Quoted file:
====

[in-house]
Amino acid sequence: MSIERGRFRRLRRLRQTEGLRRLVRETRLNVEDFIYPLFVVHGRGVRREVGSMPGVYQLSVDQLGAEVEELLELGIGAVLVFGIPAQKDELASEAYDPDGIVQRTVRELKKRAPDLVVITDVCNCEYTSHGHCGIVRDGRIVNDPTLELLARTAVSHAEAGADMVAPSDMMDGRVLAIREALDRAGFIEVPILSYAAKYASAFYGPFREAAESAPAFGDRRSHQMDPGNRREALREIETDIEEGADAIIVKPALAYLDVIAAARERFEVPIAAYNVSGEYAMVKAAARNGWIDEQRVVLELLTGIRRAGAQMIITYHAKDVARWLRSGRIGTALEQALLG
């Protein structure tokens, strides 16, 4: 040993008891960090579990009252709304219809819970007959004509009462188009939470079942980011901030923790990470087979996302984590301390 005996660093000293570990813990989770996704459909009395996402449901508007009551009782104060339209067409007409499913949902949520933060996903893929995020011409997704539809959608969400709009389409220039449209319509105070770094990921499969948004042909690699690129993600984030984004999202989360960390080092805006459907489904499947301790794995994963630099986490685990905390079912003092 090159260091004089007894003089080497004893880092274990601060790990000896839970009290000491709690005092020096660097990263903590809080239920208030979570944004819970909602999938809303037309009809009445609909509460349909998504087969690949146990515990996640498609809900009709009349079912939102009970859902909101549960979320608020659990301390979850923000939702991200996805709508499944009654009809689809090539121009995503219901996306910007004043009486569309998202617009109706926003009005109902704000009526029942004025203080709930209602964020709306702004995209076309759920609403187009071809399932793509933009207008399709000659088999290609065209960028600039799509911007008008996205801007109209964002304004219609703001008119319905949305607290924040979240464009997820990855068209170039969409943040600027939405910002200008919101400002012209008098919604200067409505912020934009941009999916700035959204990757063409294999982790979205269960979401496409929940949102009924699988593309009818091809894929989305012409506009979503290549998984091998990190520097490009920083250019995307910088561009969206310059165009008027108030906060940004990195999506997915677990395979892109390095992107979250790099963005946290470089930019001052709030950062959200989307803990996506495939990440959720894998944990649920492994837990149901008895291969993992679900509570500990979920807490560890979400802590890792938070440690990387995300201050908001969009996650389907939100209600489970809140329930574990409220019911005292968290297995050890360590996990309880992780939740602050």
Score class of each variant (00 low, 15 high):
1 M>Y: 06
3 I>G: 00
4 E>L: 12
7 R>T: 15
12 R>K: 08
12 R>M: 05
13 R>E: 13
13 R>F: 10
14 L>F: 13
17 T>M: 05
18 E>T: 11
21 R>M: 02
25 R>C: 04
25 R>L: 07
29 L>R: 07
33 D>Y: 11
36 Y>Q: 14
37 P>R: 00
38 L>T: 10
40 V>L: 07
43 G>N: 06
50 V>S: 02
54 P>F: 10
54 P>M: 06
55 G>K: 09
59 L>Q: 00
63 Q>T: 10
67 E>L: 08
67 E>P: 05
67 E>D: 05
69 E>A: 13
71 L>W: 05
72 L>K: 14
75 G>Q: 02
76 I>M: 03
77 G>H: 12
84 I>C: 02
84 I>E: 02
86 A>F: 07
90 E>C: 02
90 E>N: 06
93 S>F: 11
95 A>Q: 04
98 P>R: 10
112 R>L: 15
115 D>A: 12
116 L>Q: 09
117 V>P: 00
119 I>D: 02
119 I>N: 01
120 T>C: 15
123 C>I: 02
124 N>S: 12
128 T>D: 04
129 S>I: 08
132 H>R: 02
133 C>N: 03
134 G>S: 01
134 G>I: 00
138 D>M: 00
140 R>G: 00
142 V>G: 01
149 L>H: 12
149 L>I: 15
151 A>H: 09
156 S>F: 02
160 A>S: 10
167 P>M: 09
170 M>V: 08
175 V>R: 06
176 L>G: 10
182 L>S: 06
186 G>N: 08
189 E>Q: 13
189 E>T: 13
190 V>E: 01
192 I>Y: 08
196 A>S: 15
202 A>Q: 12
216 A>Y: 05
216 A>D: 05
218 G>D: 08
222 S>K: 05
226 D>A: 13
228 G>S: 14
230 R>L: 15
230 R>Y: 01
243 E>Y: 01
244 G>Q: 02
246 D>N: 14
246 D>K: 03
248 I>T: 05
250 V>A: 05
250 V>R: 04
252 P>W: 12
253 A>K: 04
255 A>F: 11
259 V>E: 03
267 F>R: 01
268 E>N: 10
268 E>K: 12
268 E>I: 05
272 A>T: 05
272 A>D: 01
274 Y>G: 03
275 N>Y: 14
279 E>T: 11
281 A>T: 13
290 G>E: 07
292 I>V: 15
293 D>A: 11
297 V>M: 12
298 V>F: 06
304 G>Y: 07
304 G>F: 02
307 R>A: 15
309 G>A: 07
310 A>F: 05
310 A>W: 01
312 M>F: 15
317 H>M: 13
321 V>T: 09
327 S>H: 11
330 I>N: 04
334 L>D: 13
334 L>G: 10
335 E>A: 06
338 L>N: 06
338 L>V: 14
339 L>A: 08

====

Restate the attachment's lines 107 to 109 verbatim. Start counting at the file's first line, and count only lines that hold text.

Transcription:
272 A>T: 05
272 A>D: 01
274 Y>G: 03